Houston, TX (HOS)
Opened by the Southern Pacific Railroad in 1960, the depot features a bright and airy waiting room with full length windows. Wall panels trace the history of railroading in the city and region.
902 Washington Avenue
Houston, TX 77002
Annual Station Ridership (2016): 19,767
- Facility Ownership: Union Pacific Railroad
- Parking Lot Ownership: Union Pacific Railroad
- Platform Ownership: Union Pacific Railroad
- Track Ownership: Union Pacific Railroad
For information about Amtrak fares and schedules, please call 1-800-USA-RAIL (1-800-872-7245).
The current Amtrak station was opened by the Southern Pacific Railroad (SP) in 1960 and features a bright and airy waiting room with full length windows at each end. Along the walls are panels tracing the history of railroading in the city and region through a variety of memorabilia.The building replaced Houston Grand Central Station, an Art Deco showpiece constructed by the railroad in 1934. Built of Texas Cordova limestone and pink granite at a cost of approximately $4.3 million, Grand Central Station was demolished in 1959 to make way for a postal facility.
When Amtrak took over operation of the nation’s intercity passenger rail system in 1971, it served two downtown stations: the current SP depot and Union Station. By 1974, services had been consolidated at the former and Union Station was later incorporated into the Minute Maid Park complex.
Houston’s first station was erected on Buffalo Bayou by the Houston and Texas Central Railroad in the 1870s. When the SP acquired that railroad, it built a three-story brick station in 1887 for $80,000; more than four decades later, it was replaced by Grand Central Station.
Today the fourth largest city in the U.S. and the most populous in Texas, Houston was founded on August 30, 1836 by New York real estate promoters–and brothers–Augustus Chapman Allen and John Kirby Allen on land near the banks of Buffalo Bayou. The city was named for the then-president of the Republic of Texas, Sam Houston. At the confluence of Buffalo Bayou and White Oak Bayou, the area formed a natural turning basin for shipping, and was thus an attractive location. For a time, Houston was the capital of the Republic, until the seat of government was moved to Austin in 1839.
The early years were turbulent times for Houston, with prevalent lawlessness, disease and financial difficulties. However, the founding of a Chamber of Commerce brought organization and a cessation to the financial chaos. During the 1850s, Houston built rail links to its newly enlarged port, allowing merchants to ship cotton, lumber, and other manufacturing products; by the 1860s, Houston was a commercial and railroad center for the export of cotton.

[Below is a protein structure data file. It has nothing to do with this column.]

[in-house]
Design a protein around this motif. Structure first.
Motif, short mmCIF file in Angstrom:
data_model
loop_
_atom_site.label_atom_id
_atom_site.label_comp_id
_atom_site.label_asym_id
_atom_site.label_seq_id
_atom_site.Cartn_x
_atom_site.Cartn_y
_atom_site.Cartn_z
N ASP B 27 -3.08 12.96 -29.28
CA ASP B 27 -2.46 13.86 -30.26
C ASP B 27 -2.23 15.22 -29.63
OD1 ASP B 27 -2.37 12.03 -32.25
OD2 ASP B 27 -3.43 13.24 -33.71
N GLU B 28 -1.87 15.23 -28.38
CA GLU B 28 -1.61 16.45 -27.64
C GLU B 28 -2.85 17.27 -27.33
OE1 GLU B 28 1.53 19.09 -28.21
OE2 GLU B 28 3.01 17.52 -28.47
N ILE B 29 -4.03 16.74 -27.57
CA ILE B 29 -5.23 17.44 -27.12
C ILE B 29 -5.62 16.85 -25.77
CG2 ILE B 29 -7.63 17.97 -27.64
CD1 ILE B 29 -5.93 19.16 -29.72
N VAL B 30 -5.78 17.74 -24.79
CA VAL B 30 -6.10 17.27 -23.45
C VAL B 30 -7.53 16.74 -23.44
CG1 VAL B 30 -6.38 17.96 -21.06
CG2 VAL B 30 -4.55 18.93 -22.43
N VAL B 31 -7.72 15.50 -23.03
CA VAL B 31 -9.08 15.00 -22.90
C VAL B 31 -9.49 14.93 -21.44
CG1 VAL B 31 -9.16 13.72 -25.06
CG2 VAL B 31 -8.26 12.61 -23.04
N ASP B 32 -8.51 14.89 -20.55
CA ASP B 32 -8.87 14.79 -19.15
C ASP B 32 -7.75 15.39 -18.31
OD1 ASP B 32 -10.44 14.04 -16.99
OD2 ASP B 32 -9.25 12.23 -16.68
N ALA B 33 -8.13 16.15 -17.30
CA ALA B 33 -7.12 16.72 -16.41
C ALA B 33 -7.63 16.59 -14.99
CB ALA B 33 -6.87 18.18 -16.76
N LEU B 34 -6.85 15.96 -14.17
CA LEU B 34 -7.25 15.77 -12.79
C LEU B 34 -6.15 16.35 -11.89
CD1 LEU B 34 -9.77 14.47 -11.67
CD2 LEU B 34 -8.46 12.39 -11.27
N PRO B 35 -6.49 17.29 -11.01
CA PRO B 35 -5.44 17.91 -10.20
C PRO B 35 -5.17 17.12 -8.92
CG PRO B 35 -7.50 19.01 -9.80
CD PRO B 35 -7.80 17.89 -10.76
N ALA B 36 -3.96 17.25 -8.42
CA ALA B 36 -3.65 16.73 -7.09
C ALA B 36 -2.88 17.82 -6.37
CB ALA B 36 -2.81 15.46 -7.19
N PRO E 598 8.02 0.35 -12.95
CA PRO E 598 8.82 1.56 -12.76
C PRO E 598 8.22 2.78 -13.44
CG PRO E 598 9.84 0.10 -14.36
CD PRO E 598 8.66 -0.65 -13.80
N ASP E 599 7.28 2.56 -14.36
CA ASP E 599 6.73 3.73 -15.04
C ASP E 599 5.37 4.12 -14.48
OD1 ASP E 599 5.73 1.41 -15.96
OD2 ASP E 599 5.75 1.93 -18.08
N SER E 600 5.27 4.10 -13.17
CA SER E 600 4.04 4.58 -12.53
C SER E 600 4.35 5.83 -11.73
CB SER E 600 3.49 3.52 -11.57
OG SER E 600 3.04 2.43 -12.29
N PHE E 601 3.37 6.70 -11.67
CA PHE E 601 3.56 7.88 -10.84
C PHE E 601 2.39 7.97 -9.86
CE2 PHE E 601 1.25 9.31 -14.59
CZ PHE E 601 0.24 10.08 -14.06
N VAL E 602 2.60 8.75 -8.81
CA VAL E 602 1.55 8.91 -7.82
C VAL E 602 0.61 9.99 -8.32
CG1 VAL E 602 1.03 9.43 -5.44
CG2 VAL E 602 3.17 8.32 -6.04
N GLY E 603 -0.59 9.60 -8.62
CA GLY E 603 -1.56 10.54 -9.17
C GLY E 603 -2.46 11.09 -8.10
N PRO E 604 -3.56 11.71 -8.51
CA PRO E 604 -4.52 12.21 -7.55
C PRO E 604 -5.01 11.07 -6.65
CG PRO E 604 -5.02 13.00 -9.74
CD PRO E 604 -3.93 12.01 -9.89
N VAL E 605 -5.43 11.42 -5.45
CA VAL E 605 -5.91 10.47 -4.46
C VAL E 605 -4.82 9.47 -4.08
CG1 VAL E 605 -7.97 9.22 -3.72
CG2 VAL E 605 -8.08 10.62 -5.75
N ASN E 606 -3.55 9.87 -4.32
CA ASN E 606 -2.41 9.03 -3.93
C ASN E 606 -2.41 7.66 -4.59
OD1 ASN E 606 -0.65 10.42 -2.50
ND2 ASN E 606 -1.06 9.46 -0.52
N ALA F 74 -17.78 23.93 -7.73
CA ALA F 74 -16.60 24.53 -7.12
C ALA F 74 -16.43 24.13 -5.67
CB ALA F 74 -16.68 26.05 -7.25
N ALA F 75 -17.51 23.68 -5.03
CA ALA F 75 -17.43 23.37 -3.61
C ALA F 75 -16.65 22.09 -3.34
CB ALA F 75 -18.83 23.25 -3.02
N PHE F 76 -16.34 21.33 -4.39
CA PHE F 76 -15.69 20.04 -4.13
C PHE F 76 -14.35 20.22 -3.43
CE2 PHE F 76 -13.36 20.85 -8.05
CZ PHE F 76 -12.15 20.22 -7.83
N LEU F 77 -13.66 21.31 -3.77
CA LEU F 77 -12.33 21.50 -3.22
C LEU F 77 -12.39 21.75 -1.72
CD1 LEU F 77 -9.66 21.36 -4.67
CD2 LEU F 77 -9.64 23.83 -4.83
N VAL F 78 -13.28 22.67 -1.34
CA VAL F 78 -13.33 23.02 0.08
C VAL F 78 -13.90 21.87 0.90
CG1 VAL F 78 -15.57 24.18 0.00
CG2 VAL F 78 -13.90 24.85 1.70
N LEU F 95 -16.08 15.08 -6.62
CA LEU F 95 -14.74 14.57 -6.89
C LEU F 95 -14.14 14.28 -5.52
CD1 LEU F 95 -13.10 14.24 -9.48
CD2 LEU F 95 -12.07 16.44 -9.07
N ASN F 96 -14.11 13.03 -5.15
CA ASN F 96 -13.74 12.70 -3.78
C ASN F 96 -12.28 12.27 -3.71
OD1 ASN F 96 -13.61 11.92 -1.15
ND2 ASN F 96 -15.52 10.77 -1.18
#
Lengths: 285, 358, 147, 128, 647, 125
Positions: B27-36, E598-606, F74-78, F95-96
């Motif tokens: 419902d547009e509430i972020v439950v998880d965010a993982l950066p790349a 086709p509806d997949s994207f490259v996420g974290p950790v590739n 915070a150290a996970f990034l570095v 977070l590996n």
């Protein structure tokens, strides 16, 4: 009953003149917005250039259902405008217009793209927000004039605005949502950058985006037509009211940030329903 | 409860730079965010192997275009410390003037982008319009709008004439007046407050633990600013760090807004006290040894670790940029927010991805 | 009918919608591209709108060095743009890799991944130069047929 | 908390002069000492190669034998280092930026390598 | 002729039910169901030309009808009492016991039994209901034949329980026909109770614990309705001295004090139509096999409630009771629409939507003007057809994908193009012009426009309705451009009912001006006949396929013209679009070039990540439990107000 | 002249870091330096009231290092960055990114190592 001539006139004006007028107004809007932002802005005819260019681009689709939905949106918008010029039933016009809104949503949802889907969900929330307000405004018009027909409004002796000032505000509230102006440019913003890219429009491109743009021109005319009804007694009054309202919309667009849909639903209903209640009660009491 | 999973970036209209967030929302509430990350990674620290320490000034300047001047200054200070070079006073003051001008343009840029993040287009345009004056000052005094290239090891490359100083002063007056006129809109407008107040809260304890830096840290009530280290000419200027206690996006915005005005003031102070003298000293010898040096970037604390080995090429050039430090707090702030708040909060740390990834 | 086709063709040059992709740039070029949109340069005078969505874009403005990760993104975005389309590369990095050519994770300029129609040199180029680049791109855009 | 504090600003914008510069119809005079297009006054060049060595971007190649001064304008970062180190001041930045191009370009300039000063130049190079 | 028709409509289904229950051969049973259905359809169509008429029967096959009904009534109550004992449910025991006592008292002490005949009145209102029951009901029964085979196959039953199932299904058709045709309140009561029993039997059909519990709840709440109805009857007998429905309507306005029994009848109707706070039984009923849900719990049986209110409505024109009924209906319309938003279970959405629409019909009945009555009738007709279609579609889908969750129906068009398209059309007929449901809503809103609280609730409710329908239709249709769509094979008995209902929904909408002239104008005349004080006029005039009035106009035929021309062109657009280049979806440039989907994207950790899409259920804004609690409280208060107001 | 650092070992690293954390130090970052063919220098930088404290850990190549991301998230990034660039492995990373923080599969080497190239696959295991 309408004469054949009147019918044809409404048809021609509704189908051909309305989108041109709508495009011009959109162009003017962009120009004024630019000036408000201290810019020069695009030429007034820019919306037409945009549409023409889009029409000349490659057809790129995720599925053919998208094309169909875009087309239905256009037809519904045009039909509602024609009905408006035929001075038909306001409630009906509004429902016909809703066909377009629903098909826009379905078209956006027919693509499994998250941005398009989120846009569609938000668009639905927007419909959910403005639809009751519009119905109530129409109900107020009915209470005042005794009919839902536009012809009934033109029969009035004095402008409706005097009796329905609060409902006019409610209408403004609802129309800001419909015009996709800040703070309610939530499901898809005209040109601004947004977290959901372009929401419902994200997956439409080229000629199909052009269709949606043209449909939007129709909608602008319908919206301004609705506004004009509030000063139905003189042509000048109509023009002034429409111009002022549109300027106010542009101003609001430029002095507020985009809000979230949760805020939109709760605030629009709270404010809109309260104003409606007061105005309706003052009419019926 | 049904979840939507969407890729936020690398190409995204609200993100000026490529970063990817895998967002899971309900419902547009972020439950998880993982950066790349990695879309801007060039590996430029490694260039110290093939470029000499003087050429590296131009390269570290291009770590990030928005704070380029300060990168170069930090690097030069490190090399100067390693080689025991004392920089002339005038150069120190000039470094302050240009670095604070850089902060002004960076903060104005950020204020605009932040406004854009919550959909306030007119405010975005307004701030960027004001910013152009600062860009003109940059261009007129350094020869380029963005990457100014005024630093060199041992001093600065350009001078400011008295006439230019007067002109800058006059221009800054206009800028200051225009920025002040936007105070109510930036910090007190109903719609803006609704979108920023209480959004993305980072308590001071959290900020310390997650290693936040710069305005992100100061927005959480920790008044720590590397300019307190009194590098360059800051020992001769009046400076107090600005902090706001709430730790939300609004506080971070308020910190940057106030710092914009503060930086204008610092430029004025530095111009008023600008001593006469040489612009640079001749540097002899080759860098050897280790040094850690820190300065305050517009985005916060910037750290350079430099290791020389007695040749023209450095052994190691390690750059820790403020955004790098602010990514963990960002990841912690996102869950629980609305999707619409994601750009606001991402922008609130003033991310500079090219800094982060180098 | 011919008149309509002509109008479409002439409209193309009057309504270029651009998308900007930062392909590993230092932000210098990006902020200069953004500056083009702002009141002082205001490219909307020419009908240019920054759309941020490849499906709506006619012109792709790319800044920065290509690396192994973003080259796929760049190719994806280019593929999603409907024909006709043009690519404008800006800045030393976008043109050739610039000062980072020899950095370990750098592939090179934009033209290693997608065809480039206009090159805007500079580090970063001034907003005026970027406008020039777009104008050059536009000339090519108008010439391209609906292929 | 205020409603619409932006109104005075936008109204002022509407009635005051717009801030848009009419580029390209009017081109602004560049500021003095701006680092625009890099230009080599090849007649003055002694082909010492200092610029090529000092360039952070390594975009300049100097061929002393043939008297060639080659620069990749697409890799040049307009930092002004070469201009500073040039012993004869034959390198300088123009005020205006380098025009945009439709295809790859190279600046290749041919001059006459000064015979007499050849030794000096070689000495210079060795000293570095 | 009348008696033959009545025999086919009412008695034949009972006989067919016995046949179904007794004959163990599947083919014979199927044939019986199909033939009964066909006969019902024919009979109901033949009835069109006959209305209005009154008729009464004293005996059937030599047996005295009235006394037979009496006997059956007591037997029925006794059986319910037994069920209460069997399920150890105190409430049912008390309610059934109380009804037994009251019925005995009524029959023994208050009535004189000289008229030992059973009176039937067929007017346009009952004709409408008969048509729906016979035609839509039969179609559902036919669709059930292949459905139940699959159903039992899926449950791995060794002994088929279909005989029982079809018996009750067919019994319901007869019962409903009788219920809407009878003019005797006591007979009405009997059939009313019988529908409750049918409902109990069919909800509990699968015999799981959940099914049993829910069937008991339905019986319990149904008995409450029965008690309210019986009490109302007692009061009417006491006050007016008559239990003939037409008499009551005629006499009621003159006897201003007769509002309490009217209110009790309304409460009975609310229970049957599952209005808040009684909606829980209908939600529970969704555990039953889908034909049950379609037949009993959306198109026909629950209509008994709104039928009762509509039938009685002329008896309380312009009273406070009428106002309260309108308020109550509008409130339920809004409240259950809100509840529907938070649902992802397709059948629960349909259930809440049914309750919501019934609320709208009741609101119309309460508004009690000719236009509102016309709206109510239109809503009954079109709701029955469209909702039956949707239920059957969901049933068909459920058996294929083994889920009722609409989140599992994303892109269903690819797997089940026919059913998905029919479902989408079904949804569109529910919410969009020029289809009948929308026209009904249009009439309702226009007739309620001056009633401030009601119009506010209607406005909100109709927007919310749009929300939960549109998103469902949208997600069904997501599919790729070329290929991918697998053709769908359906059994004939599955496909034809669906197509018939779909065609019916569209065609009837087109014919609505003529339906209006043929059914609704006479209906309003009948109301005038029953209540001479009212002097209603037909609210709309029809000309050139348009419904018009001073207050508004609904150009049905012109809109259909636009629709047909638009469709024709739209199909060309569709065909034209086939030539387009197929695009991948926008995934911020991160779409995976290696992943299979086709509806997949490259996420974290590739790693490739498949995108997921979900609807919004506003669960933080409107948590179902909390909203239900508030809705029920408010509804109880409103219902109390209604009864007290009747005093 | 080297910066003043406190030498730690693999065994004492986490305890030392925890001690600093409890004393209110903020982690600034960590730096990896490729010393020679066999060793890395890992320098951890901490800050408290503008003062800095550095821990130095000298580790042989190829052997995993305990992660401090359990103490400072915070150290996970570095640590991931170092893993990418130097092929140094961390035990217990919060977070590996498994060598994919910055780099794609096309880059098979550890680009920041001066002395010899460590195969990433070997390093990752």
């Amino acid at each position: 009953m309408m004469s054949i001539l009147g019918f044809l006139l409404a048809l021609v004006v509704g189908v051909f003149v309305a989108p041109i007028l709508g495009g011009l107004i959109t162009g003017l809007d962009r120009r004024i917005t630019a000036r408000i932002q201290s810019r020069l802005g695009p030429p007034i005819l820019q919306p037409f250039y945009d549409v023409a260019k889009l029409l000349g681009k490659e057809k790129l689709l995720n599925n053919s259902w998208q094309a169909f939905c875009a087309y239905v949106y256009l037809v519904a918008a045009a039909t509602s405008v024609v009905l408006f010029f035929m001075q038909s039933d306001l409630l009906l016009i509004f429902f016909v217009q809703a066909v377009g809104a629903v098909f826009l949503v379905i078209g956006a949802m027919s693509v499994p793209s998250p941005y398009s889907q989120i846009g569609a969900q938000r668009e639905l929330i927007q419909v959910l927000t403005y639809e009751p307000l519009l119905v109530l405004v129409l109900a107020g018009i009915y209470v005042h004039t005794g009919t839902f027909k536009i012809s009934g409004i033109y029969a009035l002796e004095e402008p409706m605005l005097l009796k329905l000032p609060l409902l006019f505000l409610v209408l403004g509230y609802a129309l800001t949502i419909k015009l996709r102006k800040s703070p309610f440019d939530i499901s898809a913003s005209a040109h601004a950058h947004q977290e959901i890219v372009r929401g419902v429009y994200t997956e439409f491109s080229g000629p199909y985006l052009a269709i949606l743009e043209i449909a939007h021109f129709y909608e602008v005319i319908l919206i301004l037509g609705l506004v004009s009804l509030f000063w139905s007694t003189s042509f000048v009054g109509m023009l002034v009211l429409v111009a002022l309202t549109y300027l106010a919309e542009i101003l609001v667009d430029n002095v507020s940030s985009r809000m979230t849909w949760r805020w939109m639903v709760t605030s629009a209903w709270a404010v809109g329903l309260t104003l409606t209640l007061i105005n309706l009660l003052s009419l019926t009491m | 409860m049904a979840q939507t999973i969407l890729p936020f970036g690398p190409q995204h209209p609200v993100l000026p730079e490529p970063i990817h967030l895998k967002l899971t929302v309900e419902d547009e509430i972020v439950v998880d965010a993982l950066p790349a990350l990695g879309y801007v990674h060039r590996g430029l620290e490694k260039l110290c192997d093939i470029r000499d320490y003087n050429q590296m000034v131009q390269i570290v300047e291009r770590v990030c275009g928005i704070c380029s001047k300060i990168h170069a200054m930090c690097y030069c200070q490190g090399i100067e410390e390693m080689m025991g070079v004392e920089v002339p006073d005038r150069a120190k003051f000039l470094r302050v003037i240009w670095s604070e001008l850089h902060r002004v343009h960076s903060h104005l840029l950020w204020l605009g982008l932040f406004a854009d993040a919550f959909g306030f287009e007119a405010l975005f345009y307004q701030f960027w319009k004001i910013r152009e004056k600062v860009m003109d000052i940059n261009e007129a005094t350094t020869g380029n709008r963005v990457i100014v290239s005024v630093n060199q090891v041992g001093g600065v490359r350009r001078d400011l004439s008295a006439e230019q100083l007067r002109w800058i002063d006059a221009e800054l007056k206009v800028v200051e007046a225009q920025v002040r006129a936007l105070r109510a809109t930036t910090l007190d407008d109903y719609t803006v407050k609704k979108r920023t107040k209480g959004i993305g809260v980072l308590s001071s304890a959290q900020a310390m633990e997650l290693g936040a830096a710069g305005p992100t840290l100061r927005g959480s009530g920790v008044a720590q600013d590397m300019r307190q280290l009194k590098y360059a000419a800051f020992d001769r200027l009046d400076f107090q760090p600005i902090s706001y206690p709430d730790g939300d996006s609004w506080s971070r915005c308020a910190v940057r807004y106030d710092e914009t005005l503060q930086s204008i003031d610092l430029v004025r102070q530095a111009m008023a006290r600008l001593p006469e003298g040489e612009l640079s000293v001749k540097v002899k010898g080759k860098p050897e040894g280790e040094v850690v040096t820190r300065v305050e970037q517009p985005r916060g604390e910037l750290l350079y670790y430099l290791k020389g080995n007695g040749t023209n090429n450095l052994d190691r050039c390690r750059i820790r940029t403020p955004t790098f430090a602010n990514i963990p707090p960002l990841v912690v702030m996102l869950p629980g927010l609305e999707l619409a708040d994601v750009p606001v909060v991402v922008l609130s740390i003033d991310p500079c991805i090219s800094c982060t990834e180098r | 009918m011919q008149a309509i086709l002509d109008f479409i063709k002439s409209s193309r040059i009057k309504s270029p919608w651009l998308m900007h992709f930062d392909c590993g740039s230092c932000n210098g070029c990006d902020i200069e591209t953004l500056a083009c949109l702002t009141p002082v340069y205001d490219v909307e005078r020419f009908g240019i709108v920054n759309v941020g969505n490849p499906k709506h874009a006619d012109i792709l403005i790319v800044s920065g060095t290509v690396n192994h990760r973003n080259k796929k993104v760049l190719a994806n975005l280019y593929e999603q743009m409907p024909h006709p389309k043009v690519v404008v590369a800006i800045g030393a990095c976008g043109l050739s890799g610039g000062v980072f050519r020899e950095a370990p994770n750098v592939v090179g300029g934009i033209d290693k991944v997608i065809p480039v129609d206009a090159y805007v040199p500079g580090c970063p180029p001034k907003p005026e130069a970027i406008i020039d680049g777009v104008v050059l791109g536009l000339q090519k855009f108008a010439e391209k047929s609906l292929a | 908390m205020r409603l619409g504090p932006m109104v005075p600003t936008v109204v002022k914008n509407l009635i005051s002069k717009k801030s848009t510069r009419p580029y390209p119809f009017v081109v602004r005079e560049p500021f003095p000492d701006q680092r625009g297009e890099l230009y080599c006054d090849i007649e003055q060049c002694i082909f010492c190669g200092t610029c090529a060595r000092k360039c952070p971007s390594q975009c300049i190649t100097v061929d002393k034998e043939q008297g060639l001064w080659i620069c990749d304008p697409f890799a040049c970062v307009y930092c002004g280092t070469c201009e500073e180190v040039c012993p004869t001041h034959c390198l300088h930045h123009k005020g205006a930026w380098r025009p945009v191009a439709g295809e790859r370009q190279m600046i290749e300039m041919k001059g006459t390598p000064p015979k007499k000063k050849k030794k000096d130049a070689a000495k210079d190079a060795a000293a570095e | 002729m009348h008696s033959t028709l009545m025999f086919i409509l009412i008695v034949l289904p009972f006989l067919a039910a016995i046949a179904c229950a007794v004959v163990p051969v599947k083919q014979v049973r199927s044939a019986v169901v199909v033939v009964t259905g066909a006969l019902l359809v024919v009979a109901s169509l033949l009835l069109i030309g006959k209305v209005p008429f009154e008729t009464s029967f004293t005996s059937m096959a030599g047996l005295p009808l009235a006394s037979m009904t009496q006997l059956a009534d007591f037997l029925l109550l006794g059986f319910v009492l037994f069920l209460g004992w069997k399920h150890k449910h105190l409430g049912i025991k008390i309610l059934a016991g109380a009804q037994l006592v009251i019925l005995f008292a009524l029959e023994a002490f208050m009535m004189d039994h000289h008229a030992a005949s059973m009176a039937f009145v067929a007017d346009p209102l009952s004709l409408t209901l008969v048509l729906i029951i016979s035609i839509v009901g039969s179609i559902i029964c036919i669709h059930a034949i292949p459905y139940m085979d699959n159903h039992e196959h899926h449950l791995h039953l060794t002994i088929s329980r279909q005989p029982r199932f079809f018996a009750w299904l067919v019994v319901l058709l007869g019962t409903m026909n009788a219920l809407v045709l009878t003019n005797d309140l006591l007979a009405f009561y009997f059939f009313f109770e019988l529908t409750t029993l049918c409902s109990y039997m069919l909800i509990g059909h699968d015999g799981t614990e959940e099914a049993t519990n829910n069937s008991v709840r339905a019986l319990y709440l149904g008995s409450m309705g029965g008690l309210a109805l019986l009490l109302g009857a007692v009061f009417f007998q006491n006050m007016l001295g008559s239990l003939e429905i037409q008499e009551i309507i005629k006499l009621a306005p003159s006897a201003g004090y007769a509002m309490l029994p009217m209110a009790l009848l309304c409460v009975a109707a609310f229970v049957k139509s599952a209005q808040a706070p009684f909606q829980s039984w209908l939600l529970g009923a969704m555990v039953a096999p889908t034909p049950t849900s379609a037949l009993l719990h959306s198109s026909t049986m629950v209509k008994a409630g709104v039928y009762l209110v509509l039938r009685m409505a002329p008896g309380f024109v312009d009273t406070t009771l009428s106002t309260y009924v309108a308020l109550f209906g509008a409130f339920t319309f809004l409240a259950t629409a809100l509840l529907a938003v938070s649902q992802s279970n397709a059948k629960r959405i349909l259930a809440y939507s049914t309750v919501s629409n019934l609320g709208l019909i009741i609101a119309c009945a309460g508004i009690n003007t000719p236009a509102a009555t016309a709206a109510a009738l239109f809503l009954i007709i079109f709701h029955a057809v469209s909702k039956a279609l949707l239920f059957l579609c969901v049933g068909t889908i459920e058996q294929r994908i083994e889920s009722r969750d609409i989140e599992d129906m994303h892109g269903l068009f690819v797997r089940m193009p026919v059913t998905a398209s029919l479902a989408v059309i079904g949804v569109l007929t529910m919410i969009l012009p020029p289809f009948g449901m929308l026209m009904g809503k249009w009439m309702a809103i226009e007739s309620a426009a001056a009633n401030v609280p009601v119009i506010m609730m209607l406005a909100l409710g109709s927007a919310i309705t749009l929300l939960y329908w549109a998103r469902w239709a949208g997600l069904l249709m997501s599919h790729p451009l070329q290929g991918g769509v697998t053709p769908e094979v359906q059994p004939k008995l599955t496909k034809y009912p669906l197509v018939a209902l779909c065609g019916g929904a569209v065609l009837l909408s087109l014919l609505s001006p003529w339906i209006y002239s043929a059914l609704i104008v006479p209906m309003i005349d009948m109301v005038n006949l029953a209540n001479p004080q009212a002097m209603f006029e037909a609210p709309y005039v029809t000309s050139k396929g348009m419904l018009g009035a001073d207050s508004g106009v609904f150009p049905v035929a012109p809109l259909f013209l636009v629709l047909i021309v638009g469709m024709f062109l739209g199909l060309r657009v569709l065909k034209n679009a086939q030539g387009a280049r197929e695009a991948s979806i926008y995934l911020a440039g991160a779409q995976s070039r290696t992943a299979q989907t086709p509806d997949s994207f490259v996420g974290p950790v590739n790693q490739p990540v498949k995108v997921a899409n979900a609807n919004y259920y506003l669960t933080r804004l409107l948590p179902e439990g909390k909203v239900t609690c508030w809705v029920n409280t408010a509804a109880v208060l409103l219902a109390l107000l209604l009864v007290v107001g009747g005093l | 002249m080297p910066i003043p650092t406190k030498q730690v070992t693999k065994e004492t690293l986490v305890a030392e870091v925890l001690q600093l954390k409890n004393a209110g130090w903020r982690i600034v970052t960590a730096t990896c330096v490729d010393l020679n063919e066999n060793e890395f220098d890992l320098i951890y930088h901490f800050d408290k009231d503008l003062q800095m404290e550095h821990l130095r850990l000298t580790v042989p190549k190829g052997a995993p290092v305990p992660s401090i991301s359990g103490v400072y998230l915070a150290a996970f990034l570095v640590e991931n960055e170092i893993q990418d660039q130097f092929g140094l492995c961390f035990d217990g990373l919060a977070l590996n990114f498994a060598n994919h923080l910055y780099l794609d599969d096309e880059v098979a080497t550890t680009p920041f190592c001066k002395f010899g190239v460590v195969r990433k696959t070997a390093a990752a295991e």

Texas, siding with the Confederacy during the American Civil War, was governed under a military district during the Reconstruction period, but this style of government could not control the anarchy and lawlessness that broke out post-war. Nonetheless, the city continued to develop as a port, and ten years after being re-admitted to the Union, Houston became a port of entry on July 16, 1870.
The Galveston Hurricane of 1900, one of the worst in the history of the U.S., all but destroyed Galveston, and with the decline of that city on the Gulf of Mexico and the discovery of oil in Beaumont in 1901, Houston grew far wealthier as investors increasingly chose it as a center for operations. As the city was also a shipping center, a new port had been in the works for many years, and President Woodrow Wilson at last opened the Port of Houston in 1914, thereby further contributing to the city’s growth.
Many more companies moved headquarters to Houston after the advent of air conditioning in the 1950s, as the climate is extremely hot for much of the year, and this brought an economic boom. Today, Houston has a broad economic base in energy, manufacturing, aeronautics, transportation and health care, a leading center for the construction of oilfield equipment and the home to NASA’s Johnson Space Center. Only New York City is home to more Fortune 500 headquarters within the city limits.
Amtrak provides both ticketing and baggage services at the Houston station, which is served by the tri-weekly Sunset Limited (Westbound: Monday, Wednesday, Saturday; Eastbound: Tuesday, Friday, Sunday)
Station Building (with waiting room)
- 5 Short Term Parking Spaces
Number of spaces available for Amtrak passengers to park for the day only, not overnight. Parking fees may apply.
- Accessible Payphones
- Accessible Platform
Accessible platform is a barrier-free path from the drop-off area outside the station to the station platform.
- Accessible Restrooms
- Accessible Ticket Office
- Accessible Waiting Room
- Accessible Water Fountain
- Baggage Storage
Baggage storage is an area where passengers may store their bags, equivalent to "left luggage" in Europe. A storage fee may apply.
- Bike Boxes
- Checked Baggage
- Dedicated Parking
- Enclosed Waiting Area
- Help With Luggage
- High Platform
A high platform is a platform at the level of the vestibule of the train, with the exception of Superliners.
Self-service lockers are available in select stations for passenger baggage storage.
- Long-term Parking Spaces
Number of spaces available for Amtrak passengers to park overnight. Parking fees may apply.
- Parking Attendant
- Pay Phones
- Shipping Boxes
- Ski Bags
- Wheelchair Lift
Wheelchair lift is a platform-mounted lift for loading passengers from low platforms onto trains that do not have onboard ramps.
For passengers who cannot walk far or at all, we offer a wheelchair to move the passengers around within the station. At some stations this may be a battery-powered people mover. The wheelchair or other types of movers must not leave the station or be moved onto the train.